Cyborg test run: monkeys control wheelchair with their thoughts | Science| In-depth reporting on science and technology | DW | 03.03.2016
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Cyborg test run: monkeys control wheelchair with their thoughts

In an experiment, monkeys have managed to steer a wheelchair with nothing but their thoughts. The technology could help paralyzed patients, but that application remains a pipe dream at the moment.

This could be a real help to paraplegics one day.

The wheelchair drives where the patient wants - powered by the force of thought. What sounds like science fiction has now become reality - albeit in the form of a primate model - for Miguel Nicolelis of Duke University Medical School in Durham, North Carolina.

The medical doctors published their experiment in the journal Nature Scientific Reports. In the article, they explain how they implanted bundles of electrodes into the specific parts of monkey brains usually responsible for motor function.

Connected to a wireless transmitter, signals from the brain could directly be sent to the machine. This is called a Brain Machine Interface (BMI).

The animals, healthy and not handicapped, were made to sit in a wheelchair box. First, a computer had to learn the patterns of electric activity in the monkey brains. To do this, the wheelchairs were moved towards a bowl with grapes and the brain reactions registered.

In a second step, the computer translated the brain activity into steering commands to the wheelchair. Then, the monkeys learned to steer the wheelchair towards the grapes. With time, the performance of the monkeys improved.

BMI not entirely new

Doctors already use electric impulses from the brain to control simple prosthesis like arms, hands or fingers. In most cases, however, the BMI will not be implanted into the brain. Instead, the electrodes will be glued to the outside of the head - like in the case of an electroencephalogram (EEG).

But already today, there is also an increasing number of clinical applications, in which electrodes are actually being implanted inside the brain.

In most cases, this is not meant to control prosthesis, but to counteract pain or failed functions of the brain. The most common application today is deep brain stimulation for a specific class of patients with Parkinson's disease. In this case, the electrodes are used to send very weak electric impulses into the brain with the effect of neutralizing certain symptoms of the Parkinson's.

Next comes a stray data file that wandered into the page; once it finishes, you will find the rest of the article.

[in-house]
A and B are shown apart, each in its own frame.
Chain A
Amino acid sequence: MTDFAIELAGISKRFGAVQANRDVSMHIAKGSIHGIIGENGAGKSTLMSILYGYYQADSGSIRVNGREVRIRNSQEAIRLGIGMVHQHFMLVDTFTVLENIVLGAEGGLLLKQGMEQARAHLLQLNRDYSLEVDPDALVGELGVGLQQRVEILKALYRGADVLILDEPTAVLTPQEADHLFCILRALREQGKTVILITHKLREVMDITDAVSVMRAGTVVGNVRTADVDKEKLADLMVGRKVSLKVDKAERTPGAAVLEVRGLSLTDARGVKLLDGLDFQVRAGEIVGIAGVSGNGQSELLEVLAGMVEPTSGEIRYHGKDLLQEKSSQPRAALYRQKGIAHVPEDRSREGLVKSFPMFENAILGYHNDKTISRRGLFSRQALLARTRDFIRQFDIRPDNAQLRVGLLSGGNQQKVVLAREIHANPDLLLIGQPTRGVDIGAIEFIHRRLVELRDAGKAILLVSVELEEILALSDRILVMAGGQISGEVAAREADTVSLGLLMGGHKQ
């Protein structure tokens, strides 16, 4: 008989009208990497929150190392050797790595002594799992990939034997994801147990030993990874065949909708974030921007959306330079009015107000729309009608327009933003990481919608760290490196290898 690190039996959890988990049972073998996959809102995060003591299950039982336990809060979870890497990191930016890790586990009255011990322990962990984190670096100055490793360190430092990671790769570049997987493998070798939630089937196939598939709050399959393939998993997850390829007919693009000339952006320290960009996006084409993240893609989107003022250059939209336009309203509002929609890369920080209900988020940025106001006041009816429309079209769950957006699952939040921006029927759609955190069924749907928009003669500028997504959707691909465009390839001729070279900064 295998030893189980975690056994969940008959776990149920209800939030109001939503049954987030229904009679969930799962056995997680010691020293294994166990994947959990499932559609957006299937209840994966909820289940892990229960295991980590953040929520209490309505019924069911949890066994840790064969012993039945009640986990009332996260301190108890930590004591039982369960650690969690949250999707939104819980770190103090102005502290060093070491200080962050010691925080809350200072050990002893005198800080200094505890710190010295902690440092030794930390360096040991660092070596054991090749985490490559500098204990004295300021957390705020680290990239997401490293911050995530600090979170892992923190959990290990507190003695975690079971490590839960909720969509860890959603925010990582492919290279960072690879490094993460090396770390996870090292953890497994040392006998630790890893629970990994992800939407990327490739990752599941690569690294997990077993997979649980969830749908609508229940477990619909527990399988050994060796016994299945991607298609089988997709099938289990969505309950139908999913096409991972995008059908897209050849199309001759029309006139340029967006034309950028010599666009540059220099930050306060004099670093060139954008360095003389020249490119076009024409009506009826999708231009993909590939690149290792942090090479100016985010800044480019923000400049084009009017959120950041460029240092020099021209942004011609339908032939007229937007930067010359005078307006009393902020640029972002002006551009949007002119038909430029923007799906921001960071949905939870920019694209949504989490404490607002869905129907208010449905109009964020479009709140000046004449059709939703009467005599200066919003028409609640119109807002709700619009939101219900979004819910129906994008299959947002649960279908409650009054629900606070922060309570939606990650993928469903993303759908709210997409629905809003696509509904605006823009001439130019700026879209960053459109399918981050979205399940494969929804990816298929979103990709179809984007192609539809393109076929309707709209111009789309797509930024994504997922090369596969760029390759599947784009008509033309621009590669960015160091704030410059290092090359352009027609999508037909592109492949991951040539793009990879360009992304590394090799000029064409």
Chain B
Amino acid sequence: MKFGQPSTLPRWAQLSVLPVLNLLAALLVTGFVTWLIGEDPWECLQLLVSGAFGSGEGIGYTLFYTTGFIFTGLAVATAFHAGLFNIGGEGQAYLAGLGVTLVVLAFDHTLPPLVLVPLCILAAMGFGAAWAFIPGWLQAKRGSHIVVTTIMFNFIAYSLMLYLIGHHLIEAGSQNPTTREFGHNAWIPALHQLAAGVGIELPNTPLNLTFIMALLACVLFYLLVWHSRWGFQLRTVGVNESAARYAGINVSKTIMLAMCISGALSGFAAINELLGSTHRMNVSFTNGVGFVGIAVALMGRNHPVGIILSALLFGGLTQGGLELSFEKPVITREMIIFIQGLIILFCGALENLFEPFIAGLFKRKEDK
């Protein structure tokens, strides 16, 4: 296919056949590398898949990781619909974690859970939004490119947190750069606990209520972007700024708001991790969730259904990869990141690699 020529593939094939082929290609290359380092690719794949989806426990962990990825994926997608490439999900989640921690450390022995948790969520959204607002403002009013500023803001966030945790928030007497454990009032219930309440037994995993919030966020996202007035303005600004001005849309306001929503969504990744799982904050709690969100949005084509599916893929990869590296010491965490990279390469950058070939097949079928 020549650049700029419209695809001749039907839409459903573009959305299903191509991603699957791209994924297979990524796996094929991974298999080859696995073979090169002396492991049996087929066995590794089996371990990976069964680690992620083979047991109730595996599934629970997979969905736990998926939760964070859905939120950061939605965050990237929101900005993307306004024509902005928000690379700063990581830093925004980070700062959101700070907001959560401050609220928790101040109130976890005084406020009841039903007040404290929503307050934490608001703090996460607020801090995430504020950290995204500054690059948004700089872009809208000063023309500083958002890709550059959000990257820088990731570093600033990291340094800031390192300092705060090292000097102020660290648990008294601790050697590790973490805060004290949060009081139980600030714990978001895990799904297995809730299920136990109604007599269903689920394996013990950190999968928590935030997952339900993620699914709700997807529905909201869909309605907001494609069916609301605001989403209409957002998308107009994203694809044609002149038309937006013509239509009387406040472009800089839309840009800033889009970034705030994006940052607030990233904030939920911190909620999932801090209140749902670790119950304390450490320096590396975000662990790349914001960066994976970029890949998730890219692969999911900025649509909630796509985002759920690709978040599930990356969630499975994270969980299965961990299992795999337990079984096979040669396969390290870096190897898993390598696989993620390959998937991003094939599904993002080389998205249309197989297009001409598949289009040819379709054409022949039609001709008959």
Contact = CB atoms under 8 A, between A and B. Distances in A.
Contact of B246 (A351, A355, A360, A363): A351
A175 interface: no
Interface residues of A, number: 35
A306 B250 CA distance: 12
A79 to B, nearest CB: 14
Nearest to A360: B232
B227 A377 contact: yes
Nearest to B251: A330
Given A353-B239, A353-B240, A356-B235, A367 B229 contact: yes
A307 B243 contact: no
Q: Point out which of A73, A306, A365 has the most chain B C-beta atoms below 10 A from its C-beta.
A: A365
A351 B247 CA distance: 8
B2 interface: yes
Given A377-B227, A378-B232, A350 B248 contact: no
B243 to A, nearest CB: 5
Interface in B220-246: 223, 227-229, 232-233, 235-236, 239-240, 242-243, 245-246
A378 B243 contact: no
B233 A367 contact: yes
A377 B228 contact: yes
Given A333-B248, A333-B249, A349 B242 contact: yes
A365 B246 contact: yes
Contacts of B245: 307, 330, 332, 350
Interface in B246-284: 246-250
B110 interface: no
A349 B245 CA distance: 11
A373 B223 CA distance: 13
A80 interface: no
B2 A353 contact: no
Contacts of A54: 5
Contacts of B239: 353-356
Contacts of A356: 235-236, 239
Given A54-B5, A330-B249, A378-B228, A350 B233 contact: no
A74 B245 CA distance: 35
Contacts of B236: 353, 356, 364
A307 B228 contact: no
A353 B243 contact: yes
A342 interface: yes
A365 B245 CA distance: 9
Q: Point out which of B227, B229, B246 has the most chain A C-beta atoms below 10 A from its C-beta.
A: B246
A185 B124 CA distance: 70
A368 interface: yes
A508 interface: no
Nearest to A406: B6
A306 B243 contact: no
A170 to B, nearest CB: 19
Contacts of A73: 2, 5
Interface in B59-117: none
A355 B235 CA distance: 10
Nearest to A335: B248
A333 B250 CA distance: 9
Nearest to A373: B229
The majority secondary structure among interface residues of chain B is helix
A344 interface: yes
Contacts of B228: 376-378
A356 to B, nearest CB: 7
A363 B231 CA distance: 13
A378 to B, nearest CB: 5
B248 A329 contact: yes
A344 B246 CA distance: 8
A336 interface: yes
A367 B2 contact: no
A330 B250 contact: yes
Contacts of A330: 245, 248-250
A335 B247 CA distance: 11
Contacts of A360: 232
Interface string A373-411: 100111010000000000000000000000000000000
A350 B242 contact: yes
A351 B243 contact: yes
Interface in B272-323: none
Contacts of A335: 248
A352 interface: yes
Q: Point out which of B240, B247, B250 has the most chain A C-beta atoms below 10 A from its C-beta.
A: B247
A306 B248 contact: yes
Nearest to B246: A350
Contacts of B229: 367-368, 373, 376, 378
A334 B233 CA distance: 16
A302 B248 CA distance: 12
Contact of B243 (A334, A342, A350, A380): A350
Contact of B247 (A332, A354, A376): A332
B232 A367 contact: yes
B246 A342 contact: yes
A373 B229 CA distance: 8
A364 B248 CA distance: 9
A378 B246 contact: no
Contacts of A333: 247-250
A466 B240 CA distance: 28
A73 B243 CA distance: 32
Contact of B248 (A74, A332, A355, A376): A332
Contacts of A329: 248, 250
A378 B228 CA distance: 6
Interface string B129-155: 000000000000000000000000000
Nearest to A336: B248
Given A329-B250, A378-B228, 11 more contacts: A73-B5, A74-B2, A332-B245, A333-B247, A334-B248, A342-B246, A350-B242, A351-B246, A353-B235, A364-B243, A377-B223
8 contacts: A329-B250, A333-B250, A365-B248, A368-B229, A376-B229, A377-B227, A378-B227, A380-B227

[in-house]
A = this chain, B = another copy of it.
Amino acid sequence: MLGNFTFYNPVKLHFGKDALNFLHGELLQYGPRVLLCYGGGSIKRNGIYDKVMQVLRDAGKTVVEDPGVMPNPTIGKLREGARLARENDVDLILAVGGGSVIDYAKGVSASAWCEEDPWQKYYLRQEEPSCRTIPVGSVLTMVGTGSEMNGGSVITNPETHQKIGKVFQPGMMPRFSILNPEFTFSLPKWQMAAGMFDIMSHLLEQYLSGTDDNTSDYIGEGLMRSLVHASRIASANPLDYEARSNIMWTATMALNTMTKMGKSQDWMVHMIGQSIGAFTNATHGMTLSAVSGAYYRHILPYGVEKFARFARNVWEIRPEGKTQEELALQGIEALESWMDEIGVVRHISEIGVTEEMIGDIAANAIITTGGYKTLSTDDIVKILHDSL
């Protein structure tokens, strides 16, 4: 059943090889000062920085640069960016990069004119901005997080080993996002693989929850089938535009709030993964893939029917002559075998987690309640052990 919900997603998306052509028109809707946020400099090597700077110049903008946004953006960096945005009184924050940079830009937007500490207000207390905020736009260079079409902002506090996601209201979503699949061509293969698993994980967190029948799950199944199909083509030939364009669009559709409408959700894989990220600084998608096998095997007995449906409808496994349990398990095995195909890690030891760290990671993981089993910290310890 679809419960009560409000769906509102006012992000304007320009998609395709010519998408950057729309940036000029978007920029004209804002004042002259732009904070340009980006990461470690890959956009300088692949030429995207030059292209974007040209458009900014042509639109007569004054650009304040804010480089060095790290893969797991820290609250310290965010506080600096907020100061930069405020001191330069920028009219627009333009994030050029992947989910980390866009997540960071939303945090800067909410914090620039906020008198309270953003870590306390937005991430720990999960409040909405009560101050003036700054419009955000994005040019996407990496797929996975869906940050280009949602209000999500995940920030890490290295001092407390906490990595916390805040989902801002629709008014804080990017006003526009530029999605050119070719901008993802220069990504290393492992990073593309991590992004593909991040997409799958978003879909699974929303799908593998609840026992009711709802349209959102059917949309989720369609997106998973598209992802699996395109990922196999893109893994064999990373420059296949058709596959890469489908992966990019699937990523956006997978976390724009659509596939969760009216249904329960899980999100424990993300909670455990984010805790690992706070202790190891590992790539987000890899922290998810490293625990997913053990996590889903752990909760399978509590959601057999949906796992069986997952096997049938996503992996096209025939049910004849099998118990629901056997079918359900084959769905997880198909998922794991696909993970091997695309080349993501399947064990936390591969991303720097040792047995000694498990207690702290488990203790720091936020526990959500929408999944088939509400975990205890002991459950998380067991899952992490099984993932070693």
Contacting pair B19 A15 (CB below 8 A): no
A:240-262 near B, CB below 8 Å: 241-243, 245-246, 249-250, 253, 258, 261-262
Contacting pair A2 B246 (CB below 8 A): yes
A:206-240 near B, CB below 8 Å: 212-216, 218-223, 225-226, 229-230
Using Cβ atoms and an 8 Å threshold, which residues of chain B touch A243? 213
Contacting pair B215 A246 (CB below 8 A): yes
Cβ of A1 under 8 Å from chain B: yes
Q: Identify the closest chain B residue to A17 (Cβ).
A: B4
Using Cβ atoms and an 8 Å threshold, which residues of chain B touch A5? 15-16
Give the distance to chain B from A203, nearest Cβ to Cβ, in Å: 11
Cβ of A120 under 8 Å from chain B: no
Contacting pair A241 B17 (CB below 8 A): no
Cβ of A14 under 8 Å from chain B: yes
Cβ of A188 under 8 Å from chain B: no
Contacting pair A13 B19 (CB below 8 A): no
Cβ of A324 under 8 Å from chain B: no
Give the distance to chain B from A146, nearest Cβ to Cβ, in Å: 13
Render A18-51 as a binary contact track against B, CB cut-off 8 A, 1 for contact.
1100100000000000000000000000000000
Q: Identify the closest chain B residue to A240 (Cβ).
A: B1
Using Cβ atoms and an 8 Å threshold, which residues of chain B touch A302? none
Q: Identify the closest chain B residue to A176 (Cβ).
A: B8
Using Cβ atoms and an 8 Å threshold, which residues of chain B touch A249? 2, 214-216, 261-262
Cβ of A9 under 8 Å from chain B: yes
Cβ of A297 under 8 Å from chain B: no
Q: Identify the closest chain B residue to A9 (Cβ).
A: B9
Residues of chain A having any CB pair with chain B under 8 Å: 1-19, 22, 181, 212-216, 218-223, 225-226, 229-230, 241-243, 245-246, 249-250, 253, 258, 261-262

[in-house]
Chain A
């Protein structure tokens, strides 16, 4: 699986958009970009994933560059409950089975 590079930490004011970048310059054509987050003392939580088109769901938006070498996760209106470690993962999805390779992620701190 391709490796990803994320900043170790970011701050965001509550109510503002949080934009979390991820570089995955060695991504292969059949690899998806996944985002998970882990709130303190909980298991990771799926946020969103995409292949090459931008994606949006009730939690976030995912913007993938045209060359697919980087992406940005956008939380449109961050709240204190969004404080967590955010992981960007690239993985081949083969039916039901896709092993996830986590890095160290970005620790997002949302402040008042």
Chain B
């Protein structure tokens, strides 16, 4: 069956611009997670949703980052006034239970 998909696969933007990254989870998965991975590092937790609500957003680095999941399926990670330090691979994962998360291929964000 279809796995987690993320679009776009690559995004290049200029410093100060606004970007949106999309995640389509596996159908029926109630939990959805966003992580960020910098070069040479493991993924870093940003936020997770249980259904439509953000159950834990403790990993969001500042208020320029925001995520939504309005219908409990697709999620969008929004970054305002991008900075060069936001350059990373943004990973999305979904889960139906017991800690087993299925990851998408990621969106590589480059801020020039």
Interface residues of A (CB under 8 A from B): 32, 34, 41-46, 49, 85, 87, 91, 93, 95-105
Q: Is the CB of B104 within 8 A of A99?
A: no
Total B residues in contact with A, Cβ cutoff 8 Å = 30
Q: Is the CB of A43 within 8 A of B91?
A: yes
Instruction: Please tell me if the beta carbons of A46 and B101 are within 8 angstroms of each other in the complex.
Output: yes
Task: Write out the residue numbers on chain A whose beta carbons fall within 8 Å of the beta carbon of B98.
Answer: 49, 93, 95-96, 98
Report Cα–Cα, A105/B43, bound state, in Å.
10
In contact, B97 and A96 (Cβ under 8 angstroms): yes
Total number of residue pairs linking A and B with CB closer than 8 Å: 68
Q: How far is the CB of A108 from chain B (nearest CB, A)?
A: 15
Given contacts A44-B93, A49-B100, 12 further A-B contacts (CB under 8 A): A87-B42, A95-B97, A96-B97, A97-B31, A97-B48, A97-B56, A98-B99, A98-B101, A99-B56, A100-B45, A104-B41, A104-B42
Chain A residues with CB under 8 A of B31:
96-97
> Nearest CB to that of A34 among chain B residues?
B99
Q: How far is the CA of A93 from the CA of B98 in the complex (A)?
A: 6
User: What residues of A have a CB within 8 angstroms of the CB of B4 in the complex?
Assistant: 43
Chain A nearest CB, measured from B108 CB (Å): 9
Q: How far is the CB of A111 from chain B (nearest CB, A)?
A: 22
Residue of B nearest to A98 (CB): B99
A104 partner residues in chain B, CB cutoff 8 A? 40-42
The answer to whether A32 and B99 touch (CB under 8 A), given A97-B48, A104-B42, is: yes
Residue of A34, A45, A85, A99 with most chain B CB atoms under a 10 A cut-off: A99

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Wireless connection

The electrodes in the latest experiment are very similar to those used in deep brain stimulation - the difference being that they did not send electric impulses to the brain, but collected electric information in the brain and sent it to an external machine.

What is really new about the technology is the wireless connection between the BMI and the computer, says Alexander Gail, expert for sensomotoric neurosciences at the University hospital of Göttingen. "It would be really great if this technology could be minituarized, so that it can be completely implanted under the skin."

For that, there are also examples: The most common are various forms of pacemakers.

Nicolelis and his team hope that they will be able to find solutions for paraplegics. They may one day be able to move around more easily using better prosthetics and even exoskeletons, controlled by thought.

Textile electrodes are better

"Our results show that implanted BMIs may in the future enable even people with the most severe paralysis to regain the body controls of the entire body," the doctor says. But a lot more research will be needed before we see this coming. However, there is a large class of patients who have expressed a lot of interest in the new technology. About 70 percent of paraplegics who participated in the study said they would consider having electrodes implanted into their brains, if that enabled them to control support devices.

There is one known risk; implanted electrodes can lead to scars in the cerebral cortex, and this may trigger epilepsy.

Gabriel Curo, neurophysicist at Berlin's university clinic Charité, is now hoping that a new generation of electrodes - made of softer textile materials - can reduce that risk in the future.

fs/glb (dpa)

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